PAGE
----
Scaling up

Once you’ve completed some basic tasks in a new language you’ll want to move on to slightly larger tasks. I like to use exercises from the coding Kata Catalogue like FizzBuzz, the Game of Life and Minesweeper.

Some people enjoy going through the Project Euler problems, others have their own hello world applications. For Martin Trojer it’s a Scheme interpreter and Luke Hoban often writes a Ray Tracer.

I’d also recommend joining a local meetup group. The London Scala meetup have a coding dojo every month and the F#unctional Londoners meetup have hands on session in the middle the month, the next one is on Machine Learning.

Programming language books that include questions at the end of sections are a good way to practice what you’ve learned but are few and far between. The recent Functional Programming with F# book is an excellent example of what can be done with questions at the end of each chapter.

While the basics of a language can be picked up in a few hours, expect it to take a few weeks before you’re productive and at least a few months before you start to gain mastery.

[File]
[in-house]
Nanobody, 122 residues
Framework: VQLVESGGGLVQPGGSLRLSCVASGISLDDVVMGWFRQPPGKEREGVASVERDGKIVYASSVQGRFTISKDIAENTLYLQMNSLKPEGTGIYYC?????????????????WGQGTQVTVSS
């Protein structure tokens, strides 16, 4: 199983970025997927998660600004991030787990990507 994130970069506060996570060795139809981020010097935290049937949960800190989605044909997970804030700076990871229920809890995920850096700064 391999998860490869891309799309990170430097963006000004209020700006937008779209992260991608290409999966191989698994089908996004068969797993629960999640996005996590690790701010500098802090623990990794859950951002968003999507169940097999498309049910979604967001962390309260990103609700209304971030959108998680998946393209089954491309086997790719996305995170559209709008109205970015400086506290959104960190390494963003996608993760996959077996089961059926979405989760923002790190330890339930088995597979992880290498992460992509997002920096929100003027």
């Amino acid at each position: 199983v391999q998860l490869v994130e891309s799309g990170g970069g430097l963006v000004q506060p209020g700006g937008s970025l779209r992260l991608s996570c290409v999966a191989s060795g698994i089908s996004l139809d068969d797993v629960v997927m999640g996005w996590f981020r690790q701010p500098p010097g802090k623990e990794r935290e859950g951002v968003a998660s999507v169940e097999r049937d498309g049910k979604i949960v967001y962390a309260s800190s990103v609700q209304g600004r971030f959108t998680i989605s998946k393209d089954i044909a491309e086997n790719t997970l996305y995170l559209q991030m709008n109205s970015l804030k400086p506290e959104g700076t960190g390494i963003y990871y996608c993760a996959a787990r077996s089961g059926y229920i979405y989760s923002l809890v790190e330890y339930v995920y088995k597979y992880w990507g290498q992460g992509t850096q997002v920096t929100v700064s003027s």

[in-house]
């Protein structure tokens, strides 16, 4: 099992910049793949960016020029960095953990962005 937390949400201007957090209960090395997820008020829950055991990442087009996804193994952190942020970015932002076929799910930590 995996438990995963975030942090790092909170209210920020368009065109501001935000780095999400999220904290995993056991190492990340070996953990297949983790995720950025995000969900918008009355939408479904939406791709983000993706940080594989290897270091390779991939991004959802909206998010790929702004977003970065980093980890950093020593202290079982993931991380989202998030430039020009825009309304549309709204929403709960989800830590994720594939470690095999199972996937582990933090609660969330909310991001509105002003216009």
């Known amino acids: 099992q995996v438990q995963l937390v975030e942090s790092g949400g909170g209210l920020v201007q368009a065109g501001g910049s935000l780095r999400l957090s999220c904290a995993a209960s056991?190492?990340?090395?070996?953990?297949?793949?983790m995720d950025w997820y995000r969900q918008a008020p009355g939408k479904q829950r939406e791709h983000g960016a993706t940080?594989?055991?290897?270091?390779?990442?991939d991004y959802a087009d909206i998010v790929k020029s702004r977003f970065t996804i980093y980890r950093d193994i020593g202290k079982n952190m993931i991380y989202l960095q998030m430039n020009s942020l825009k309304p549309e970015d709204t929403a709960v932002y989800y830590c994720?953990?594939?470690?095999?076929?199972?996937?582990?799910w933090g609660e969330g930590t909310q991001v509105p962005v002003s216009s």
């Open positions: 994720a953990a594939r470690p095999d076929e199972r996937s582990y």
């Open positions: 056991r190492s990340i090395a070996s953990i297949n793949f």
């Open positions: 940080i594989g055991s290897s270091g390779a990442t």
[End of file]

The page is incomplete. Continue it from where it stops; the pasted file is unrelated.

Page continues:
Want to write your own language? Pete Sestoft’s Programming Language Concepts book offers a good introduction to the subject.

The Kids Are Alright

In the last week or so I've seen a popular article and a presentation which didn’t paint the rosiest of pictures for the next generation of coders:

I have to agree with Marc Scott that the Information & Communication Technology (ICT) GCSE widely studied in the UK, with Microsoft Office as a focus, seems a bit of a step backwards. The Computer Studies O-level I remember from the mid-80s put coding front and centre. I still have fond memories of my end of year project which consisted of a sprite designer written in Z80 assembler and extensions to the system’s basic language for games programming.


Kids Code